Boston Police Backlash Against Recorded Phone Call To Face Test

Nov 13, 2013 Advocacy

DURHAM, NC (November 13, 2013) – Last August a Boston police officer aggressively confronted a man who was recording law enforcement on a public street. Tomorrow, a judge will decide whether to continue the case against a journalism student charged with illegal wiretapping for calling the Boston Police Department about the incident and recording his conversation. The judge will also decide whether to drop charges against a blogger who wrote an article supporting the student.

Taylor Hardy called BPD headquarters for comment after he saw a video of officers forcing a man to leave the area of an investigation. Hardy recorded his call to Boston Police spokesperson Angelene Richardson, and later posted the recording to YouTube.

Hardy’s curiosity as to why the officers asked the man to leave is hardly surprising, as courts have repeatedly reaffirmed citizens’ right to record police on public property.

Yet Hardy’s call didn’t yield much, as Richardson said she hadn’t heard about the run-in with the cameraman. Despite this, when police found the recording of the seemingly innocuous call on Hardy’s YouTube channel, they slapped him with an illegal wiretapping charge. Richardson claimed he hadn’t asked her permission before recording their conversation (it is illegal to record another person without consent under Massachusetts law). Hardy says he had consent, but could face five years in prison if convicted.

Photography advocate Carlos Miller wasn’t happy when he heard about Hardy’s ordeal. Hardy first saw the recording of police on Miller’s Web site, "Photography Is Not A Crime," where Hardy works as a part-time employee. Miller responded by writing an article calling for BPD to drop the charges. He also asked others to join him, and published Richardson’s office email and phone number in the post. BPD responded to by filing a criminal complaint against Miller for witness intimidation, claiming he had gone too far by posting Richardson’s contact information.

NPPA President Mike Borland said he’s astonished that it has come to this.

“It’s mind boggling that there are still law enforcement officers in major metropolitan departments who don’t know they can be photographed doing their job in public,” Borland said, “It’s downright maddening the steps being taken in Boston as a result of this ignorance. This snowball of a public relations disaster would not be happening if officers were properly trained and then properly disciplined when they break the rules.”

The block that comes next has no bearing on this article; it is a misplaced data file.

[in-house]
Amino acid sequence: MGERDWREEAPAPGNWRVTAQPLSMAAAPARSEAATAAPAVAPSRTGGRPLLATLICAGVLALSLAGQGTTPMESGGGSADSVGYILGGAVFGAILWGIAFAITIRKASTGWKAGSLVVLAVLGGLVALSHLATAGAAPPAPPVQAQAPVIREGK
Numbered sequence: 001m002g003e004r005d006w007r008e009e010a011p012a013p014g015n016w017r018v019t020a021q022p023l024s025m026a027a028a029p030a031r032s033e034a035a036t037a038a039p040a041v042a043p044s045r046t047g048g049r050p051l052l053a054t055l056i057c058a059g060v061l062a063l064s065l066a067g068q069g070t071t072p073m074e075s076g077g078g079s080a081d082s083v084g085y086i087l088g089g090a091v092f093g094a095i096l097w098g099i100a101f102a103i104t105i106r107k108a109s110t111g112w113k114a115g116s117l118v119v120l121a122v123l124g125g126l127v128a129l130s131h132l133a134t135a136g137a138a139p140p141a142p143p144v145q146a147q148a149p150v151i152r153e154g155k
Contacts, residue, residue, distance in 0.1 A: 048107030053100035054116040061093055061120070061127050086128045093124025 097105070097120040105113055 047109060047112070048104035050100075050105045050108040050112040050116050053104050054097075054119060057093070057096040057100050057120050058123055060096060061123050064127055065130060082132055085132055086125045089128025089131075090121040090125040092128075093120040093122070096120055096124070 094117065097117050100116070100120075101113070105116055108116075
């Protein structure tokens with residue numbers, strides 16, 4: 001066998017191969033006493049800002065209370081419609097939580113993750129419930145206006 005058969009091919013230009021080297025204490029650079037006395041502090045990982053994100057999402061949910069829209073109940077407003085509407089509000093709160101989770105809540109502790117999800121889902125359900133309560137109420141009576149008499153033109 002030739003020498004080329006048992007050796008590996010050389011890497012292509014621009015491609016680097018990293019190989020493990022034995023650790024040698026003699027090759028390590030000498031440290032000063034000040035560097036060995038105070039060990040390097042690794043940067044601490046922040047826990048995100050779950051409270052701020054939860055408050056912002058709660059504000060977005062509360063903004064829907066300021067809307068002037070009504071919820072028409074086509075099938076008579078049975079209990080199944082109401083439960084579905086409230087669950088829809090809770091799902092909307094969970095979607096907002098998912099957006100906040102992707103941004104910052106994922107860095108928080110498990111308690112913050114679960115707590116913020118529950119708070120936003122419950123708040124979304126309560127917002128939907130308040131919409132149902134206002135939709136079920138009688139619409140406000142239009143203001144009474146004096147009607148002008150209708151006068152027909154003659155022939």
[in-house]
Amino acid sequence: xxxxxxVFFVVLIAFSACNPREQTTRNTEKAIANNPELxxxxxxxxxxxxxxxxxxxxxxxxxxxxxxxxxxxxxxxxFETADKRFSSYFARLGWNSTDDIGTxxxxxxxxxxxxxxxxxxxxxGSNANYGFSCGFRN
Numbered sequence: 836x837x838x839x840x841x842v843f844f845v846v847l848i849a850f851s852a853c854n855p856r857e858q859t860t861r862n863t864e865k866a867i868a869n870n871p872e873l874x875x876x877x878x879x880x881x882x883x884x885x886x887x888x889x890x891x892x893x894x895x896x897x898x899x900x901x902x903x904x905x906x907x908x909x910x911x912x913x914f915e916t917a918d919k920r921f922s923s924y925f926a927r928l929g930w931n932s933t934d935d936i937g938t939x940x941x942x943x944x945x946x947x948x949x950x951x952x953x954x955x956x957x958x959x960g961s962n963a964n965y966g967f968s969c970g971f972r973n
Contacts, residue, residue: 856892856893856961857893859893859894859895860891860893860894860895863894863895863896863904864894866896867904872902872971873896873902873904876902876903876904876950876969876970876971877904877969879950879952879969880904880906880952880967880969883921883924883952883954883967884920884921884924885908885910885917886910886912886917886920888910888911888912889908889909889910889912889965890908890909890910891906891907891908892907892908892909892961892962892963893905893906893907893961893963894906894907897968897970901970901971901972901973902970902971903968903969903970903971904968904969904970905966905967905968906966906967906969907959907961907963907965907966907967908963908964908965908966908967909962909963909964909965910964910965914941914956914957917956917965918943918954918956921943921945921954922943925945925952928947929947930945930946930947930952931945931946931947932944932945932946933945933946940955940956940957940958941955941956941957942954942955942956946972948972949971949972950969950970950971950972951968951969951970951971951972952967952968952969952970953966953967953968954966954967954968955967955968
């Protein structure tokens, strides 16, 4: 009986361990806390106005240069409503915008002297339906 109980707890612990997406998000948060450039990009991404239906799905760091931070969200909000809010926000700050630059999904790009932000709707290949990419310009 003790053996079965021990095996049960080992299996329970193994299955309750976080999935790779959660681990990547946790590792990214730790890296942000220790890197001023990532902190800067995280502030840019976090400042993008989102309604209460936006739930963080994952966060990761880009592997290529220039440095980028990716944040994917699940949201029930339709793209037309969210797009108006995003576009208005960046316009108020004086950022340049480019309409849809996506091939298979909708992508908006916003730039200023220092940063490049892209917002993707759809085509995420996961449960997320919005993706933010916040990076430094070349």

Miller agreed, adding “there are real issues and real crime in Boston that taxpayers would want money spent on rather than prosecuting people who are simply trying to hold the police accountable for their actions.”

In a statement this morning, the Newspaper Guild-Communication Workers of America joined those demanding Boston Police drop all charges.

A magistrate judge will decide Thursday whether there is probable cause to continue the cases against Hardy and Miller.

It isn’t clear that the charges against Hardy will be dropped, as he didn’t capture Richardson’s consent on tape.  However, the state does carry the burden of proof, so it will need to produce evidence that Richardson didn’t know she was being recorded.

The charge against Miller is even more of a stretch.  It’s difficult to see how posting the office contact information of a public employee could qualify as “intimidating a witness”

NPPA will continue to shed light on instances where police, due to ignorance of the law or otherwise, refuse to respect photographers' rights. Borland added, “NPPA offers to help educate the Boston police department so that every officer will know the public’s rights to photograph and record police activity."